The Surprising Truth About Couples Who Drink Together

A new study suggests that older couples may help their marriages by drinking together.

Almost half the wine consumed in the U.S is consumed by millennials, according to recent research. In 2015, the 79 million Americans ages 21 to 38 drank 159.6 million cases of wine. As a relaxant and social lubricant, it’s obviously a pretty popular way to go, and that’s just wine. As young people couple off, alcohol can work for and against the relationship, depending on the amount of alcohol consumed and whether or not both partners are drinking similarly. But what happens over time to couples? Baby boomers are finding out, and so did a new study published in the Journals of Gerontology.


The elderly are the fastest-growing segment of the U.S. population, and it’s a drinking crowd, many having switched over the years to alcohol as a legal intoxication option. The Centers for Disease Control and Prevention (CDC) says that people over 65 are more frequently found to be binge drinkers. Boomers may also require less alcohol to get drunk because it’s metabolized more slowly in the elderly, meaning there is a higher percentage of alcohol in the blood compared to a younger drinker.

About the New Research

The new study looked at negative marital quality, since there’s a clearer link between marital trouble and health problems than there is between positive marital quality and positive health.


(ANDRÉA PORTILLA)

Researchers interviewed 4864 husbands and wives. The men ranged from 52-92, with an average age of 64. The women were at an average age of 63, being anywhere from 52-88.

The subjects were a bit more homogenous than the general population. Roughly two-thirds of them were in their first marriage. They all had similar (though obviously not identical) alcohol consumption, similar negative marital quality as well as other comparable variables including education, years married, race, and number of children.

Subjects responded to self-administered psychosocial questionnaires (SAQ) in four waves, each of which collected responses from half the subjects. Thus, the responses from 2006 and 2008 were treated as Wave 1 since together they accounted for 100% of the respondents, and Wave 2 was the combined 2010 and 2012 SAQs using the same logic. In this way, every subject was questioned exactly twice, years apart.

In Wave 1, the idea was to identify drinking habits and assess subjects’ current negative marital quality as a baseline.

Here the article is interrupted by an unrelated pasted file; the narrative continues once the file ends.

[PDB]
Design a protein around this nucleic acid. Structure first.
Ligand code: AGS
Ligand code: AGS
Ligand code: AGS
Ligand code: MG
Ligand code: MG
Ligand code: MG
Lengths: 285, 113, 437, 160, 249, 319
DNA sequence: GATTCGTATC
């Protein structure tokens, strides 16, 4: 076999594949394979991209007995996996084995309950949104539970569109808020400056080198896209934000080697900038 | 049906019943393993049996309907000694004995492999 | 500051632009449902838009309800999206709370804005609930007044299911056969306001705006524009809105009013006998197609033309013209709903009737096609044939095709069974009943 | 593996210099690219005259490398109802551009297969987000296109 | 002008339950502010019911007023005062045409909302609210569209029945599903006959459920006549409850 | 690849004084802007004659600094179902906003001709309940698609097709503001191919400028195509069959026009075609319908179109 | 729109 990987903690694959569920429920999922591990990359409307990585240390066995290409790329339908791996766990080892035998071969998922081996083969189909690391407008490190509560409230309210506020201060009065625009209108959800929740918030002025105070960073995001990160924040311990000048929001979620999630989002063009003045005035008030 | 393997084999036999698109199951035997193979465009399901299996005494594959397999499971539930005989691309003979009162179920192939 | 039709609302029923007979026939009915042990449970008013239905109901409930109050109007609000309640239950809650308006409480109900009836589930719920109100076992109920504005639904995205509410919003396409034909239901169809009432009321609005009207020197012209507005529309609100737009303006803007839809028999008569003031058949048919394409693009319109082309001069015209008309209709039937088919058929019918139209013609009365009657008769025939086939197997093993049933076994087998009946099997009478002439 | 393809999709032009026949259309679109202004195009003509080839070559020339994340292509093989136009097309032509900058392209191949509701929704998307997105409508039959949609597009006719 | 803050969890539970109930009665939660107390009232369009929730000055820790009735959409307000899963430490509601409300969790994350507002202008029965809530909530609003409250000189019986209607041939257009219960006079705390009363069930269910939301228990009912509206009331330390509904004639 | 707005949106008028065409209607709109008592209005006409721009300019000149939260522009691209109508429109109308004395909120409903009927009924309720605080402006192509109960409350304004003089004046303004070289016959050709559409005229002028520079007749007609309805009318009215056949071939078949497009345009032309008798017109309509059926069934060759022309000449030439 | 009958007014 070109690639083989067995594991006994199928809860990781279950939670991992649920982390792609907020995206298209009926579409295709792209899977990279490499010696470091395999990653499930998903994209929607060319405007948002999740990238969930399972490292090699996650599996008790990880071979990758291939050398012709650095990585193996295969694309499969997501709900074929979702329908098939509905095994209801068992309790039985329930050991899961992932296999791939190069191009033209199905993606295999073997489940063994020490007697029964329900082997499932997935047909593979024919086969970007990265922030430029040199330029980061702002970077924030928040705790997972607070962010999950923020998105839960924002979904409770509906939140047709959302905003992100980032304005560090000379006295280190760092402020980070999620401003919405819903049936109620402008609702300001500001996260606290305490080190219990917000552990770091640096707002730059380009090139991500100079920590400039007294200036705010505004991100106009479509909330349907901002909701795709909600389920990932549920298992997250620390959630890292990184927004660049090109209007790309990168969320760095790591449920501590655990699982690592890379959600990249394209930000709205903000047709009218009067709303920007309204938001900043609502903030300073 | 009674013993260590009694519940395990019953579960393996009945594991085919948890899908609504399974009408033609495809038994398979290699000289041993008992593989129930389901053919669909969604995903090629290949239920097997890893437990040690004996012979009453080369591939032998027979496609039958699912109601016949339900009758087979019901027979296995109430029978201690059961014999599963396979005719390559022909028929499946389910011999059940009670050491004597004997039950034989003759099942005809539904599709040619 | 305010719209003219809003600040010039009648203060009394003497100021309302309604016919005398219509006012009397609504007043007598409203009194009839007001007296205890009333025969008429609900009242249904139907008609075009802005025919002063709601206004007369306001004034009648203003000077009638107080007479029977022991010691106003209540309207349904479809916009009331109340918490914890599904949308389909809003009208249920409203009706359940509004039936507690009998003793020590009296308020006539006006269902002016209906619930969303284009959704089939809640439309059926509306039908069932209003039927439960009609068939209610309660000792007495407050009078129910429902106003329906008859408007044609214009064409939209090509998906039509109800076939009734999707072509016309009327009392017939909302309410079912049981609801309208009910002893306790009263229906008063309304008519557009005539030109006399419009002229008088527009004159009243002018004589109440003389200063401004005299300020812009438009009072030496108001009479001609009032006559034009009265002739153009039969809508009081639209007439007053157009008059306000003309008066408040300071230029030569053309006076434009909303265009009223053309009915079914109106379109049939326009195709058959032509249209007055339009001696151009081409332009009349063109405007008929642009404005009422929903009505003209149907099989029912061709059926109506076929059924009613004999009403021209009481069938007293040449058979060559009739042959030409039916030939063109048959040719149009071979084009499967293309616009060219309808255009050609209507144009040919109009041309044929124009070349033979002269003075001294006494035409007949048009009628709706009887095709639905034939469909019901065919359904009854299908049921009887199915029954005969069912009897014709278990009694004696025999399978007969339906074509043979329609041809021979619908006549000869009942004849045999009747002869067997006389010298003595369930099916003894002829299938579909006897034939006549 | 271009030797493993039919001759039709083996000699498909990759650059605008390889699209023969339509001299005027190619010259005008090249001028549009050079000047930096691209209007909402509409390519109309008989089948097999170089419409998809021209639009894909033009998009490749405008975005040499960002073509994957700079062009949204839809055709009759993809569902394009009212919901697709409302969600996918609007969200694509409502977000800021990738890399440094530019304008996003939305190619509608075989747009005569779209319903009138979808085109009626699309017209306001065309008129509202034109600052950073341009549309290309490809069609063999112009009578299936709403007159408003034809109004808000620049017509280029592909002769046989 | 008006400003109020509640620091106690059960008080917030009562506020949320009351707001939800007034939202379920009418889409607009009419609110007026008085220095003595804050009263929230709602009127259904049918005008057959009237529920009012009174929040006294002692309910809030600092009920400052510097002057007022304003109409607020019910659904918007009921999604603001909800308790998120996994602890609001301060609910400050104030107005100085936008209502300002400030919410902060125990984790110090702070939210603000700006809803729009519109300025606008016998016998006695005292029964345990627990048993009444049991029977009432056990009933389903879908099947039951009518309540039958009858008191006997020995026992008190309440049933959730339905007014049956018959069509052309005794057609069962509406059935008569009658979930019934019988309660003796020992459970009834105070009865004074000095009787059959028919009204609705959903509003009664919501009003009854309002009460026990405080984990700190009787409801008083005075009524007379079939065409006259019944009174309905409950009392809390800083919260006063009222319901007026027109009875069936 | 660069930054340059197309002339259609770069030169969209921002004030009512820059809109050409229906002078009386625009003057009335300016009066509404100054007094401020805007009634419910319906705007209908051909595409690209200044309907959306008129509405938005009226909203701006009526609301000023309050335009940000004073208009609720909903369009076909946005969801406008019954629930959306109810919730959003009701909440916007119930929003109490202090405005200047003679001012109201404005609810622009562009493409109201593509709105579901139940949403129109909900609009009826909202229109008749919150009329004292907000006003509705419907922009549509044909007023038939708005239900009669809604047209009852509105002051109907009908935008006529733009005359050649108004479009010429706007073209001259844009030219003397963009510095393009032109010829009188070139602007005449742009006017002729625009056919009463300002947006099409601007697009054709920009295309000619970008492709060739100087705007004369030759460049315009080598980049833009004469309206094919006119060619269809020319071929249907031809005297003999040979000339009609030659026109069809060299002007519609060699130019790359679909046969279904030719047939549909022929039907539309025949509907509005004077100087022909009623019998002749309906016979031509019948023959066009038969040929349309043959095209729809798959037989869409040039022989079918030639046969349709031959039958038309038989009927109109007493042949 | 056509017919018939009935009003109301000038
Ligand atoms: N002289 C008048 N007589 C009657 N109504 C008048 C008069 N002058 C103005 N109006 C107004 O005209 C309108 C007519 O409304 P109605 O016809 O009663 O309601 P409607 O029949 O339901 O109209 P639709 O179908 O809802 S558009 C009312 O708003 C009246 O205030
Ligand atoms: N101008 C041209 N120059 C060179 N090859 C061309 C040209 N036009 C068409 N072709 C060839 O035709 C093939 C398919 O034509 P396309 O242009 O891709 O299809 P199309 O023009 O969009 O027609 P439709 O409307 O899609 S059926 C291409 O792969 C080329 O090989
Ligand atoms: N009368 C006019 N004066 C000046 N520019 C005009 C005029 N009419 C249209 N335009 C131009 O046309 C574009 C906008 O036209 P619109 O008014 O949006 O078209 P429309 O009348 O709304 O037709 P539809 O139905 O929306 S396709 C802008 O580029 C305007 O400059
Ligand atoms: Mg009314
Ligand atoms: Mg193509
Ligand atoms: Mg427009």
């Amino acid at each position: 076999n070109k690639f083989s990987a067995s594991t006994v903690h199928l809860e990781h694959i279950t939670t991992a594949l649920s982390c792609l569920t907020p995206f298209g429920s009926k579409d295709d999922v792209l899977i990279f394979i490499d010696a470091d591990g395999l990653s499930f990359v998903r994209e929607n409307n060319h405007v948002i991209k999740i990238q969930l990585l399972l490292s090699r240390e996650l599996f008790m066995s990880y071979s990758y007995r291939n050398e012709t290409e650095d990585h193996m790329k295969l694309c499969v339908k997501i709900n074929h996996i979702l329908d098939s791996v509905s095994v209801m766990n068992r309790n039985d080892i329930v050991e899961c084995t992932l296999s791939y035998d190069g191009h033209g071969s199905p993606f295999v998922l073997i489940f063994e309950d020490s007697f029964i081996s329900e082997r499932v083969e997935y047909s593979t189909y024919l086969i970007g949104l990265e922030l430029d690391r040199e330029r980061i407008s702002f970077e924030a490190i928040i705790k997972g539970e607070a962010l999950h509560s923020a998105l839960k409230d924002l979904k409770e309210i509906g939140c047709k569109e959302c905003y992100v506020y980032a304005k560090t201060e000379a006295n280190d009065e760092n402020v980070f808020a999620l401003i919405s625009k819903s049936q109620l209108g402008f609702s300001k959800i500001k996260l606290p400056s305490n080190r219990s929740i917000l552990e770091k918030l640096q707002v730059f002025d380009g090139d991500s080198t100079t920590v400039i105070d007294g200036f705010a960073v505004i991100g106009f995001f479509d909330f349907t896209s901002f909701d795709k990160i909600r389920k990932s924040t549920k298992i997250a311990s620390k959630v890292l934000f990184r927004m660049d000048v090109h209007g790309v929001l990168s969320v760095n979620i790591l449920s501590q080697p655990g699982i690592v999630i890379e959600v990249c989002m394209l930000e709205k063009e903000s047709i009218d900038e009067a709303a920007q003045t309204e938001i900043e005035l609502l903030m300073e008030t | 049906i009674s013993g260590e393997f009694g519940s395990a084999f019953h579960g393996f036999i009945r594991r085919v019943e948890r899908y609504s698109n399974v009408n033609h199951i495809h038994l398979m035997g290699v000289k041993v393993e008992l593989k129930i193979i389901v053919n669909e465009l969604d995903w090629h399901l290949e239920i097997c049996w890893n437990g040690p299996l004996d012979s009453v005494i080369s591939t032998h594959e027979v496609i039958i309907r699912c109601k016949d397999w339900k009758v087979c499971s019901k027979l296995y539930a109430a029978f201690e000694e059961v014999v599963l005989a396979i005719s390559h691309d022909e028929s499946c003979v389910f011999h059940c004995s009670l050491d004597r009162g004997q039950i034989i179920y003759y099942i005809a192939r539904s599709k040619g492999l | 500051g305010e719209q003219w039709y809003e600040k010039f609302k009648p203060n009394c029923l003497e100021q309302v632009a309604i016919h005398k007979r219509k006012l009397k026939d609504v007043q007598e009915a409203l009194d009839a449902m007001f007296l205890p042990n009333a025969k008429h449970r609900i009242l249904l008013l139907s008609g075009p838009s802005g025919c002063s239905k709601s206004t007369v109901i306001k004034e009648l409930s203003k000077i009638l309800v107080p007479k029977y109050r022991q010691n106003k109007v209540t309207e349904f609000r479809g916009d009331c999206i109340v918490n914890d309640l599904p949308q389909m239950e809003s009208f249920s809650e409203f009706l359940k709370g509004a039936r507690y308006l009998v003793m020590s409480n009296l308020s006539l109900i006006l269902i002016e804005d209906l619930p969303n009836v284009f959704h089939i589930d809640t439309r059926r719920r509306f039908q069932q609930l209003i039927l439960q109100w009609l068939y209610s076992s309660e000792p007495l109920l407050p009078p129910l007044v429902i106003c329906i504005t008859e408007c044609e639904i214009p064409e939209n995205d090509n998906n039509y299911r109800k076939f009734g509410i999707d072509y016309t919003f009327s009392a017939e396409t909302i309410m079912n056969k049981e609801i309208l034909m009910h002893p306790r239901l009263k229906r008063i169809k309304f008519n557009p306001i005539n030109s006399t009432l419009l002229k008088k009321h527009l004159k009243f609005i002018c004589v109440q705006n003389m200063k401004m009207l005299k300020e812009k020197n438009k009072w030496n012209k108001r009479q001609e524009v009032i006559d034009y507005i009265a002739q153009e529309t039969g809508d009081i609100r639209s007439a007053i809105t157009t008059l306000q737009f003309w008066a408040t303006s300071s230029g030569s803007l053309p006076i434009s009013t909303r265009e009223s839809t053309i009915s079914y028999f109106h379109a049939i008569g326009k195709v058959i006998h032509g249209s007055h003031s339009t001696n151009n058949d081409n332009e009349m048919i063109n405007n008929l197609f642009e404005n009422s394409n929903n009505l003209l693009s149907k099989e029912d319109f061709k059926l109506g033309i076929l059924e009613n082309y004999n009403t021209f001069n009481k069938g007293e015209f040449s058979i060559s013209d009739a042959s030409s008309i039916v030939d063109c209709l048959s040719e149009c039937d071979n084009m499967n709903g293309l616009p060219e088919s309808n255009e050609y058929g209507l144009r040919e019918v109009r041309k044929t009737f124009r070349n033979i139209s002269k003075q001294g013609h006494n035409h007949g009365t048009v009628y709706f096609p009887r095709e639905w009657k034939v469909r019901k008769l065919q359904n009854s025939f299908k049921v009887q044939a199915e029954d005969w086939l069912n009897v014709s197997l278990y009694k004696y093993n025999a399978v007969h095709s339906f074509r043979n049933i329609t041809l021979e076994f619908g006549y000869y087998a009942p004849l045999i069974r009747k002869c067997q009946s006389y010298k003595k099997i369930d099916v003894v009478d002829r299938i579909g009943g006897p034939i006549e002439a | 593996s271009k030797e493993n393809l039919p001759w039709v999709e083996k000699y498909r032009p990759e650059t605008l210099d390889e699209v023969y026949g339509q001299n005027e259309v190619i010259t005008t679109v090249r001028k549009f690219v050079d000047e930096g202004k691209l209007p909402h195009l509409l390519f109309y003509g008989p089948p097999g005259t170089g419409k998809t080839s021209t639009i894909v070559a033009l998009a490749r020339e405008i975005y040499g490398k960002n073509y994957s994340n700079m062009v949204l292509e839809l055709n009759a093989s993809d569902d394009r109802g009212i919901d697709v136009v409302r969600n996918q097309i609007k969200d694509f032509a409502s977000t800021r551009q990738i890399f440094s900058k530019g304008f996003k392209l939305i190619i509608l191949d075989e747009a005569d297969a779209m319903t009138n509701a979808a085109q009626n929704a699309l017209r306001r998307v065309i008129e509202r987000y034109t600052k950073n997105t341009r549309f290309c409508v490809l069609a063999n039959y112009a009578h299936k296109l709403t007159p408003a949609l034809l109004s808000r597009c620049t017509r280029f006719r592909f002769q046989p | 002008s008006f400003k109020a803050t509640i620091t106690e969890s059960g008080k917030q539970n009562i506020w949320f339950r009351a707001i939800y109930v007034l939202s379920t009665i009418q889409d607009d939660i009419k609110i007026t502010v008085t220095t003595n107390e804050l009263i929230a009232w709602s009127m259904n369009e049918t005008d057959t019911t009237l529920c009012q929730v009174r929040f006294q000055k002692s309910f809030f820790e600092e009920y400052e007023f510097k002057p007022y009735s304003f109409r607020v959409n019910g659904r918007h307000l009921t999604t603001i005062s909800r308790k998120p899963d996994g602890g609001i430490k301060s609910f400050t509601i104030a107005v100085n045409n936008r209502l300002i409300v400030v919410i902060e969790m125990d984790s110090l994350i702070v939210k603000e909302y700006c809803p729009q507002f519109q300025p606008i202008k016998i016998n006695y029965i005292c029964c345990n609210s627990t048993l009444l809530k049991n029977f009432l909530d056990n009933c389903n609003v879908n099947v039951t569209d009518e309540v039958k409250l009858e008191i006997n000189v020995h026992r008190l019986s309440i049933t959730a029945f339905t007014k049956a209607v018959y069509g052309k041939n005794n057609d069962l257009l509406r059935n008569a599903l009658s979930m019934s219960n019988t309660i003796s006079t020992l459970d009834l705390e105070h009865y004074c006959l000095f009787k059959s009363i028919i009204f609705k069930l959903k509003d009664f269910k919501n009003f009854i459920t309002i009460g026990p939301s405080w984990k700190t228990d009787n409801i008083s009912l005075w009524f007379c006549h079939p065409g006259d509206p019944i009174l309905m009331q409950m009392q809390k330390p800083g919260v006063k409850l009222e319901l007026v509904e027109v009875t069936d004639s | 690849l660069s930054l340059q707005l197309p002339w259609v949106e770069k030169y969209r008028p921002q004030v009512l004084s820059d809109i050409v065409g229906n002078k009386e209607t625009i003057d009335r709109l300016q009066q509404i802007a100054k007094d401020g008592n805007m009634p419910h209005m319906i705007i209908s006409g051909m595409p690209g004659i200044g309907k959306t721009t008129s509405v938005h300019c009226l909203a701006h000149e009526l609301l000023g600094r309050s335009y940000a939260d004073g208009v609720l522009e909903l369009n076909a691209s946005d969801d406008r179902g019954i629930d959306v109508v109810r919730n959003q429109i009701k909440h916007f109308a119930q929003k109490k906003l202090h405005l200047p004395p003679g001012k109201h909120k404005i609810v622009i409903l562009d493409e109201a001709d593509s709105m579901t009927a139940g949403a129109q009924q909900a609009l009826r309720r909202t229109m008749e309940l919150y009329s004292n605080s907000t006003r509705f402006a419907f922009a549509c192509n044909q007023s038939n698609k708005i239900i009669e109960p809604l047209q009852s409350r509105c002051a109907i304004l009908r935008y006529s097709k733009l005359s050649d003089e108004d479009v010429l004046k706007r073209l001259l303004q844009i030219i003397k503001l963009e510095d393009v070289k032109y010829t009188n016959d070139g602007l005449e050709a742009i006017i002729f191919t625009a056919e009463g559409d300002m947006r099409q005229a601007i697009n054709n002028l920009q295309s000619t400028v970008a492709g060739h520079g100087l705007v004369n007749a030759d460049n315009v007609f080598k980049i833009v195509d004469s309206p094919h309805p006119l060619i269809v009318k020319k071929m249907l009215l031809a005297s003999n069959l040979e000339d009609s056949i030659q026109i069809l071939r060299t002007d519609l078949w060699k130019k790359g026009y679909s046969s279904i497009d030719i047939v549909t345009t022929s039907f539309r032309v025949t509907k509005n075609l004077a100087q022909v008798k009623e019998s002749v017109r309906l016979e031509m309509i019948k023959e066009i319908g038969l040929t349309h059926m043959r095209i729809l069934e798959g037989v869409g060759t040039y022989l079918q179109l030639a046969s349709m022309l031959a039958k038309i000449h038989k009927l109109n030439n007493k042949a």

Researchers asked people about their drinking:

  • “Do you ever drink any alcoholic beverages such as beer, wine, or liquor?”
  • “In the last three months, on average, how many days per week have you had any alcohol to drink?”
  • “On the days that you drink, about how many drinks do you have?”
  • 62% of respondents were drinkers, and 38% not, about the same as the general population. In 45% of the couples, both members drank, in 29% no one drank, in 17% it was just the husband, and in 8% it was only the wife.

    To ascertain their negative marital quality, their were interviewed with a commonly used and well-validated set of questions:

  • “How often does your spouse make too many demands on you?”
  • “How often does he or she criticize you?”
  • “How often does he or she let you down when you are counting on them?”
  • “How often does he or she get on your nerves?”
  • Their answers to both sets of questions were converted into numerical values for analysis.

    In Wave 2, the subjects were again assessed for negative marital quality to see how things had changed, based on the assumption that drinking habits had remained constant and that it was the driver of increases or decreases in negative marital quality.

    The Findings

    First off, unlike with studies of younger couples, the frequency and amount of alcohol consumption wasn’t a reliable predictor of changes in marriages. What was significant was the degree to which a couple’s drinking was:

  • “concordant” — meaning both members of the couple drink, or both don’t drink, or
  • “discordant” — meaning one member of the couple drinks while the other doesn’t.
  • The three biggest takeaways from the study were:

  • Couples with concordant drinking habits reported a decrease in negative marital quality. (If the double-speak is confusing, that means they were happier.)
  • Wives experienced even more of a reduction in negative marriage quality than their husbands as a result of concordant drinking.
  • Non-drinking concordant couples didn’t experience a reduction in negative marriage quality! (The researchers wonder if co-imbibing may give drinking couples more time together in a shared activity.)
  • Suggestions for Millennials


    (ROBERT RYNERSON)

    So, young millennials in love, here are the rules:

  • If you both drink — within bounds of reason, of course — keep up the good work. (I can’t believe I just typed that.)
  • If one of you quits, you both should quit if you want to stay together.
  • If only one of you keeps drinking, you’re heading for issues.
  • If neither of you drink, the study suggests that maybe you should both start? (Or that.)
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